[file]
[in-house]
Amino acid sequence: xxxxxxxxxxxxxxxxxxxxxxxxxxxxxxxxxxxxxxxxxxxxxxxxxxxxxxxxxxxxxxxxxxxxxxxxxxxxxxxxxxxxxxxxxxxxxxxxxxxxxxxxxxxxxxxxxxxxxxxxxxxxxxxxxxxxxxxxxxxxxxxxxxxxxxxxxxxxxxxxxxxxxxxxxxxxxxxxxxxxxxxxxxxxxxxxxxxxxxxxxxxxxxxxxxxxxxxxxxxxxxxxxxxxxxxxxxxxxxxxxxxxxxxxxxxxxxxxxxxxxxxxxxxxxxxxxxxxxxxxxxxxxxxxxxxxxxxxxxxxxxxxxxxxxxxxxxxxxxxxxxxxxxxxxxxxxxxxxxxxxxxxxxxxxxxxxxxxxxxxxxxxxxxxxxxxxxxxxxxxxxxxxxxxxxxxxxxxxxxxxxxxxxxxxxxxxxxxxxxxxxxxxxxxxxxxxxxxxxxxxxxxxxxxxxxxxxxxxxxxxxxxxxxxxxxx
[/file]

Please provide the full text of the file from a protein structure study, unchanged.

[in-house]
Amino acid sequence: xxxxxxxxxxxxxxxxxxxxxxxxxxxxxxxxxxxxxxxxxxxxxxxxxxxxxxxxxxxxxxxxxxxxxxxxxxxxxxxxxxxxxxxxxxxxxxxxxxxxxxxxxxxxxxxxxxxxxxxxxxxxxxxxxxxxxxxxxxxxxxxxxxxxxxxxxxxxxxxxxxxxxxxxxxxxxxxxxxxxxxxxxxxxxxxxxxxxxxxxxxxxxxxxxxxxxxxxxxxxxxxxxxxxxxxxxxxxxxxxxxxxxxxxxxxxxxxxxxxxxxxxxxxxxxxxxxxxxxxxxxxxxxxxxxxxxxxxxxxxxxxxxxxxxxxxxxxxxxxxxxxxxxxxxxxxxxxxxxxxxxxxxxxxxxxxxxxxxxxxxxxxxxxxxxxxxxxxxxxxxxxxxxxxxxxxxxxxxxxxxxxxxxxxxxxxxxxxxxxxxxxxxxxxxxxxxxxxxxxxxxxxxxxxxxxxxxxxxxxxxxxxxxxxxxxx